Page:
When I asked Amanda how she liked school weeks later, she said, “It’s been good. No one has threatened me here, yet.”
“Is anyone mean to you?”
“No one is mean at all. They’ve all been very nice.”
I was going to ask her if any of her schoolmates have gone around shooting expletives, but it seems that in this land for whom none has heard of “gentle parenting” and the like, such a question is more than redundant. For the rest of Australia, for whom wealth is equated with undeserved privilege, such a uniformed display of good breeding is usually unheard of. Outside of suburbs such as mine, the common belief is that freedom of speech and choice is a God-given right, welfare is a basic entitlement, and people who pay shit-loads of tax are the unfeeling, calculative bastards known as the “idle rich.” Few see that in many cases these are simply ordinary people who have worked hard and made many right, if highly conventional, choices.
Take NAPLAN for instance; while parents right around the country are actively deriding the series of tests for students in Years 3, 5, 7 and 9, many mothers in this suburb have bought their children NAPLAN-style practise test workbooks. They don’t say NAPLAN is backward or that it stifles their children. They don’t spout any of the common arguments against the exercise. Instead, we all compare whose kid had done the most pages, what books to buy next, when the next available workbook sale is going to be; all this, even when most children are bound for elite private schools and university thereafter.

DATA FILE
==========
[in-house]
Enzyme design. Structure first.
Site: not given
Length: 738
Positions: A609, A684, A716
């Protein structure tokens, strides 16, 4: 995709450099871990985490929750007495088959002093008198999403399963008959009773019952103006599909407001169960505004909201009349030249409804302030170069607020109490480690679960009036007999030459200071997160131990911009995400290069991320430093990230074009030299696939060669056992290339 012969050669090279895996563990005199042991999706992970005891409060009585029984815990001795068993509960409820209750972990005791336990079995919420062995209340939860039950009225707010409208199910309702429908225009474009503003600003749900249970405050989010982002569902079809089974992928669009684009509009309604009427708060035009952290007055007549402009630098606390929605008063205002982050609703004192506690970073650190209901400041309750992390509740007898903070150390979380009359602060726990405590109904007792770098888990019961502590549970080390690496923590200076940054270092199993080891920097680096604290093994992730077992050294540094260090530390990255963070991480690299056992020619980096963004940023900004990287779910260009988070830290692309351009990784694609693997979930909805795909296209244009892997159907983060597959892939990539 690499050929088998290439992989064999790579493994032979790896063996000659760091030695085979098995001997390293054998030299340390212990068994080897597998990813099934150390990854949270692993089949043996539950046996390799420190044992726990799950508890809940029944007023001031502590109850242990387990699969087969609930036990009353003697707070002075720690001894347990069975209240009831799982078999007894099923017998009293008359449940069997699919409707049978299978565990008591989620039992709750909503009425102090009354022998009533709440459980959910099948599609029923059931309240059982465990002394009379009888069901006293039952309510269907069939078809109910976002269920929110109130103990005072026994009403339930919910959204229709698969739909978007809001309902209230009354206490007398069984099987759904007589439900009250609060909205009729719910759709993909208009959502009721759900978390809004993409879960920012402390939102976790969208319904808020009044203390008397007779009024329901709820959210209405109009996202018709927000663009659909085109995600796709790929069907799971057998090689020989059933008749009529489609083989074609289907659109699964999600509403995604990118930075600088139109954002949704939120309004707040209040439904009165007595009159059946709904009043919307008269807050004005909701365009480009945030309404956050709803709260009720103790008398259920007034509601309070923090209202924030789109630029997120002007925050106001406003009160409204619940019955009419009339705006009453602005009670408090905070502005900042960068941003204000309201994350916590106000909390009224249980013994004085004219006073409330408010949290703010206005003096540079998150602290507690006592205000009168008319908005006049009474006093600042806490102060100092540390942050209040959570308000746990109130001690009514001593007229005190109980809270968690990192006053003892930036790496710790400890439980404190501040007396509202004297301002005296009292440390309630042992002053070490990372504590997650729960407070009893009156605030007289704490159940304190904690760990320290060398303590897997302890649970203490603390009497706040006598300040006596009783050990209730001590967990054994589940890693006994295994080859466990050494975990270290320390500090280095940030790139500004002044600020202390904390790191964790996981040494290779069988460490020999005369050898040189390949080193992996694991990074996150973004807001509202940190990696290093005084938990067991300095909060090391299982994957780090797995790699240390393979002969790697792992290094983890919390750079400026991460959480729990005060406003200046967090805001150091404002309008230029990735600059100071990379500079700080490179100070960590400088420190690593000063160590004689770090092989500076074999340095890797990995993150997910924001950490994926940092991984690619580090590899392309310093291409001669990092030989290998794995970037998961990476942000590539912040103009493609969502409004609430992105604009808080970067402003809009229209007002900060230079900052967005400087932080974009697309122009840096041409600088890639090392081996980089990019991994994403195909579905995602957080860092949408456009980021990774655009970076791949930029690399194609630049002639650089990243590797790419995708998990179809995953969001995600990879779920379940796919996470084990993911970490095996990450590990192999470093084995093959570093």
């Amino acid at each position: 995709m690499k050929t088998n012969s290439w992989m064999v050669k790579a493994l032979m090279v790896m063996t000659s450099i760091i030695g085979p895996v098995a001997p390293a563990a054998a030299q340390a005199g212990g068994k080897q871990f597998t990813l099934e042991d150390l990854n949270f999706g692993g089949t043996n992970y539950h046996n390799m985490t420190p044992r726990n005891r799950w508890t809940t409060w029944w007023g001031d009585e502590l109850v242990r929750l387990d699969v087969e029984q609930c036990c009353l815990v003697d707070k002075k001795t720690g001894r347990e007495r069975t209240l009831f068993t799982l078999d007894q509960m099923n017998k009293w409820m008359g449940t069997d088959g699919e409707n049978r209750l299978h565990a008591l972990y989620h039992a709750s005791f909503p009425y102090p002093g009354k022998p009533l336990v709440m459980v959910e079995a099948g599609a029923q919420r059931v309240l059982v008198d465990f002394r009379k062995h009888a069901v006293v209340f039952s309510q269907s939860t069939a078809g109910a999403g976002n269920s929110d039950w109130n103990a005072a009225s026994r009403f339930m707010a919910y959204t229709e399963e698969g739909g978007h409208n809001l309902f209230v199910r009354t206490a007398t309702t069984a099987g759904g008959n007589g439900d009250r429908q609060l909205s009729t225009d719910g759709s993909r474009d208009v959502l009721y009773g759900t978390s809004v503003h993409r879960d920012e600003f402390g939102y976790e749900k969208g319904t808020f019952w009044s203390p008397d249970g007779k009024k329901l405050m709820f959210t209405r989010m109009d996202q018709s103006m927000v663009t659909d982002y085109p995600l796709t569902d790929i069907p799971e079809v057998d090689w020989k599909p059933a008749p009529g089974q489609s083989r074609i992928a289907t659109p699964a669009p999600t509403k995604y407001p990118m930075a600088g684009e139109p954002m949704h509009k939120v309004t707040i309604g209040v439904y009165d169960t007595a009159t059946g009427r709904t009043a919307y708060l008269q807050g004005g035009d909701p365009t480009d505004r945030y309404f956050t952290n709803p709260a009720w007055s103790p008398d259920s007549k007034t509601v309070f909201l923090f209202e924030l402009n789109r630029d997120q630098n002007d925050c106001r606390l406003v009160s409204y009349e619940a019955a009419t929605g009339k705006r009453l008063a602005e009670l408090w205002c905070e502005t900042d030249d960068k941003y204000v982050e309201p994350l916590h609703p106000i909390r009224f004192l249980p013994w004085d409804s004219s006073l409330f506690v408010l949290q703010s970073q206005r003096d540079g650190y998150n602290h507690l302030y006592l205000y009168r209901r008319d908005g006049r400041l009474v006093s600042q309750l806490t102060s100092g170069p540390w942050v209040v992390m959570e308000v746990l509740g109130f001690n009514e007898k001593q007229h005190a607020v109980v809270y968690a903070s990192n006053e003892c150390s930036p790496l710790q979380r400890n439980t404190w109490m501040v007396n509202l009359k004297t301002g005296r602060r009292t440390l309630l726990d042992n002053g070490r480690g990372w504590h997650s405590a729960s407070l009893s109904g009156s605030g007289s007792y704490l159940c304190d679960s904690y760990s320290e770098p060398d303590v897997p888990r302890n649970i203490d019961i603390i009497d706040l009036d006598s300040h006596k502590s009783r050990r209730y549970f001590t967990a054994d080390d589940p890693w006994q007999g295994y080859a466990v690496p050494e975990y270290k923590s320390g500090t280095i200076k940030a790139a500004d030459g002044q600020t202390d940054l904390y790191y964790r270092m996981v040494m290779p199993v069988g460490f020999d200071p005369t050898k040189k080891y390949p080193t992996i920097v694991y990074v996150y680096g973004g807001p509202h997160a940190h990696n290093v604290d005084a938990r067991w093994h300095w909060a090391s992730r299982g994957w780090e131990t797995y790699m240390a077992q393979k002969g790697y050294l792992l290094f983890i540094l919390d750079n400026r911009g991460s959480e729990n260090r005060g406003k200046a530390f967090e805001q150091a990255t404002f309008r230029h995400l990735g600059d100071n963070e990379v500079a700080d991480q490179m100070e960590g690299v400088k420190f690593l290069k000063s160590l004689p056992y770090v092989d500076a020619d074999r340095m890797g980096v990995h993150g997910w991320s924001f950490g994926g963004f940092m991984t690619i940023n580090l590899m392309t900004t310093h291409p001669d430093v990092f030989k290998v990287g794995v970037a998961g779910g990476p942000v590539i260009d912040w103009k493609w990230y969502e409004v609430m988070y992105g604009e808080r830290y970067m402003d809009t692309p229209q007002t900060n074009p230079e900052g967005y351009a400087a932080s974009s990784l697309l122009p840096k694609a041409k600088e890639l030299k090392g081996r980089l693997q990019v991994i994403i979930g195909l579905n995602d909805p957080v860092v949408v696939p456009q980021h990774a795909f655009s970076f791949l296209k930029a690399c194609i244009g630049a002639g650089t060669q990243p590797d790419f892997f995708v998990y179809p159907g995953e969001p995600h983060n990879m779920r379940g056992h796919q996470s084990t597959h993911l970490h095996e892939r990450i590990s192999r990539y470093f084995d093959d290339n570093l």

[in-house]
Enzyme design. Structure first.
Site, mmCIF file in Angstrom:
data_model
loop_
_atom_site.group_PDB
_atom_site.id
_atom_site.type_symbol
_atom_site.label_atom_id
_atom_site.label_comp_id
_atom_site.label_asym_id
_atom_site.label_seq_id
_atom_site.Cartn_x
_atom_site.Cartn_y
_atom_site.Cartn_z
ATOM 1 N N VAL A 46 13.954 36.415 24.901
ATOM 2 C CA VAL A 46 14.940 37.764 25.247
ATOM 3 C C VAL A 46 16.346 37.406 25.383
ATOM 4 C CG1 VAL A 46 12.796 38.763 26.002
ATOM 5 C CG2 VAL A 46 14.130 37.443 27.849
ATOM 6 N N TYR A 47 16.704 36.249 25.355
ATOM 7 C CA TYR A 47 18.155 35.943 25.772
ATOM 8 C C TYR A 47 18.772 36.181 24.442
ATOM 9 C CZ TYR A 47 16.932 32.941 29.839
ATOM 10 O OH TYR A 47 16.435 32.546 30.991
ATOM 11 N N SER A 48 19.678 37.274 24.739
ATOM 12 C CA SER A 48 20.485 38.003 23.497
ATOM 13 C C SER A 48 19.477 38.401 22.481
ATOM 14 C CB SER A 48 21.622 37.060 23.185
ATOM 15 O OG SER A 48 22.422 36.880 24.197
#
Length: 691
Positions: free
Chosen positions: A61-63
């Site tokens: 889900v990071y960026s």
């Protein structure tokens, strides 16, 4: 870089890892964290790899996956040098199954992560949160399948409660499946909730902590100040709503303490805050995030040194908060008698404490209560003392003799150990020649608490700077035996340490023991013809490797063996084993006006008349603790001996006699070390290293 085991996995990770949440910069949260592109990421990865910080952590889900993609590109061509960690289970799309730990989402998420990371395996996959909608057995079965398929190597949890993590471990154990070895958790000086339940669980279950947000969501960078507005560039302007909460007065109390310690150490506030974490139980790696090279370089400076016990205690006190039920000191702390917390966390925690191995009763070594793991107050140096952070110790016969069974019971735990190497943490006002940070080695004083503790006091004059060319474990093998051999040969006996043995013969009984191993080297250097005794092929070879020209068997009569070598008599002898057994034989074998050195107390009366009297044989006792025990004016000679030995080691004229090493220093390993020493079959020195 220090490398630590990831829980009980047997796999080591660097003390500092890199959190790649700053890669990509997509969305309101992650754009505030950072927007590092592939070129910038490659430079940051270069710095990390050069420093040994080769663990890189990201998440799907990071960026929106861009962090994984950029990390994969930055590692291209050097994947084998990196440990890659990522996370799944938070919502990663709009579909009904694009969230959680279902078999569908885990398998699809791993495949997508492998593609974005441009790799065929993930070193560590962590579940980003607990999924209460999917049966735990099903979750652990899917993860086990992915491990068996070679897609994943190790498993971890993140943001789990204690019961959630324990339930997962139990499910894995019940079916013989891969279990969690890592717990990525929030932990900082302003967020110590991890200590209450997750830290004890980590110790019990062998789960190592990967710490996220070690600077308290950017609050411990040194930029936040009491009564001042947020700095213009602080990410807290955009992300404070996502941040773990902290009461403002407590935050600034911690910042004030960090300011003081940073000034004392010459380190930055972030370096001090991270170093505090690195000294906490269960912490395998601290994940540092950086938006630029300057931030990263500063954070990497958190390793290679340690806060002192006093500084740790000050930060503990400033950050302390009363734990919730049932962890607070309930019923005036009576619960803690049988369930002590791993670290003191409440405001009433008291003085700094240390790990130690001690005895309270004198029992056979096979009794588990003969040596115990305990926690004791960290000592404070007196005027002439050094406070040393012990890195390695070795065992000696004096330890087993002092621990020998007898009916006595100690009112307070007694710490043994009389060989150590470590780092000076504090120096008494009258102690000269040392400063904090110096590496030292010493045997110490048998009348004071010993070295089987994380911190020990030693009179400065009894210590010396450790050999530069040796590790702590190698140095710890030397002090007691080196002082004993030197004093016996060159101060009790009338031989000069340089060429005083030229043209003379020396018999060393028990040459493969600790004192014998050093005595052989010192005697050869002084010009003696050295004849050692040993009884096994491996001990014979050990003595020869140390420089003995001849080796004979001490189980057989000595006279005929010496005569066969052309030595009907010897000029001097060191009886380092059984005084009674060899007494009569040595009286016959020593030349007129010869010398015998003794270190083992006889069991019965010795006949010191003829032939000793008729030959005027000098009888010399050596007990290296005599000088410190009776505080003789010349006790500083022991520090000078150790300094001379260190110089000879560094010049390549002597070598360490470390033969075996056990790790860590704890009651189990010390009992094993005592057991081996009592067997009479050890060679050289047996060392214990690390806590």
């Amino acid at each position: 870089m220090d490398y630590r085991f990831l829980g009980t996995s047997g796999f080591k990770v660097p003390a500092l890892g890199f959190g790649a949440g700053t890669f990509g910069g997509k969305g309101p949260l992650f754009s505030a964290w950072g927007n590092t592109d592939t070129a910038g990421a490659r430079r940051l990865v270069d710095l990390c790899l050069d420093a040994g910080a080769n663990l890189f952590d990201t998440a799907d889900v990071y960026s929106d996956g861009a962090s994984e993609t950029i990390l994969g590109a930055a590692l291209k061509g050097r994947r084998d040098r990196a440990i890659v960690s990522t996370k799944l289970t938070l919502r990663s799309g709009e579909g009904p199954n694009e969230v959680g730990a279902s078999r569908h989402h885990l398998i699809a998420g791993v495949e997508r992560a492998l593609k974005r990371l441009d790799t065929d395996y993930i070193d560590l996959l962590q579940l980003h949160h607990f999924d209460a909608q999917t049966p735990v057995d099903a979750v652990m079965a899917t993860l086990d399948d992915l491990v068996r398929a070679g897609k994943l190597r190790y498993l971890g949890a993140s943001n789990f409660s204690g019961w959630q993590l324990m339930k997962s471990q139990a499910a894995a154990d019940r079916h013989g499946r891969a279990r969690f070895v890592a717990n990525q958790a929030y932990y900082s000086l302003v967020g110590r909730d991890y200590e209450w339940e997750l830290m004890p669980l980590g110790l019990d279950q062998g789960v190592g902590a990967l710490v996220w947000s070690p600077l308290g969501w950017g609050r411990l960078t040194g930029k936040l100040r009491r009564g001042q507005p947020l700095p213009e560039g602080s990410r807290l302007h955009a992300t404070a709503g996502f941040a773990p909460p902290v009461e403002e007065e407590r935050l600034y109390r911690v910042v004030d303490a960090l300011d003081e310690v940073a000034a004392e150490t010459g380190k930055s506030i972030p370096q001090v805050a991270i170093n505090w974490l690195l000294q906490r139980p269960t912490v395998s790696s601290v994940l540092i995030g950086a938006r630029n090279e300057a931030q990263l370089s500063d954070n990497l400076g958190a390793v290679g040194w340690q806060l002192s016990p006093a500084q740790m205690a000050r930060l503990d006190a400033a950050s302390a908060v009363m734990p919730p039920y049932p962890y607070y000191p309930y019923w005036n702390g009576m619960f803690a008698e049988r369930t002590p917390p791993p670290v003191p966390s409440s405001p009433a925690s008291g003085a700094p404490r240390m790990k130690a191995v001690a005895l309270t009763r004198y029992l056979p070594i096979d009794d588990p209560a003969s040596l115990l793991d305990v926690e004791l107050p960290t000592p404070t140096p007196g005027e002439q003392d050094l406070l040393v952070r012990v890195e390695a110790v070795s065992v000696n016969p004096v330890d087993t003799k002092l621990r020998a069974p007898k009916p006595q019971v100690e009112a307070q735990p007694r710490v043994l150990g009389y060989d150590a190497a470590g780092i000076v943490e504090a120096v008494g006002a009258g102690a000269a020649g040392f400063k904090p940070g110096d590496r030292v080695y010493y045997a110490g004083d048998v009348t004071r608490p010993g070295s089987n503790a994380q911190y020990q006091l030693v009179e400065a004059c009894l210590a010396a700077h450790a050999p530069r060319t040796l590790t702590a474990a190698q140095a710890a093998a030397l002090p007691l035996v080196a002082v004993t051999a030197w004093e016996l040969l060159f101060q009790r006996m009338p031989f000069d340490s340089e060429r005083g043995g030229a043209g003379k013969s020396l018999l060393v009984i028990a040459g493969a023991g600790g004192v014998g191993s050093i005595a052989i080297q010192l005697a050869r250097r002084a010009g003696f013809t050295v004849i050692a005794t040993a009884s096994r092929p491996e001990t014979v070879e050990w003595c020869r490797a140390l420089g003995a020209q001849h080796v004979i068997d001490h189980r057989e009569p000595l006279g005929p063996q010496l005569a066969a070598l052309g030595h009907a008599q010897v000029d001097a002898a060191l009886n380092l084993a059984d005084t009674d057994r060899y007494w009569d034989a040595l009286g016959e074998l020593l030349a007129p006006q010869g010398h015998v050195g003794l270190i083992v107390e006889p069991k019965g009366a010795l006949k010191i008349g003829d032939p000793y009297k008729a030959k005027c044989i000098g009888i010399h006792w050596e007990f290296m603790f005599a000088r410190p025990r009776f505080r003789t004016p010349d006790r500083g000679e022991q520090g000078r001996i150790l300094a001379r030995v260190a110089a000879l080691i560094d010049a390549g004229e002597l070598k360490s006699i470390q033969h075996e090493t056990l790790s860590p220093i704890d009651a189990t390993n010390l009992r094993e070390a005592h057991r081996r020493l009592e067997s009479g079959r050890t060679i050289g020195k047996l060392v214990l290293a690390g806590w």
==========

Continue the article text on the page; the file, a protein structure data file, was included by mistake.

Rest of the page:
Conversely, one might contend that it is precisely because of this behaviour, not usually associated with Australian laissez faire parenting, that the children are going where they are going. The rest of Australia may pooh-pooh at this, calling the children a host of unflattering names synonymous with “robot”, but due to the high level of conformity among inhabitants, welfare is almost nonexistent, crime is low to nonexistent, academic achievement is consistently high, incomes are well above the national average. If nothing else, the suburb makes a good case for a return to conventional values.
Three and a half months on, I am no closer to the life I once led, but as much of this post attests, have come to appreciate the many positives of living here – chief of which is Amanda’s remarkable improvement at school. If you had asked me a year ago what I thought my daughter’s chances of getting into medicine is, I’d would have said it depends on how hard she’s willing to work. She wasn’t at all hard working. I’d also have been the first to say, “My child’s not brilliant.”
We were consistently late to school; she often didn’t finish all the exercises doled out during a normal school day. This year we’ve been consistently early because she’s been racing me out the door each morning. She finishes most of the exercises at school because everyone around her does so too. Rather than report on how well her classmates are doing, Amanda’s telling me how she’s been commended for her efforts and achievement. There’s even a spark of hope in this old heart of mine that she might go on to land a scholarship in one of those elite private schools – something that if you’d ask me about a year earlier, I’d have said is totally impossible.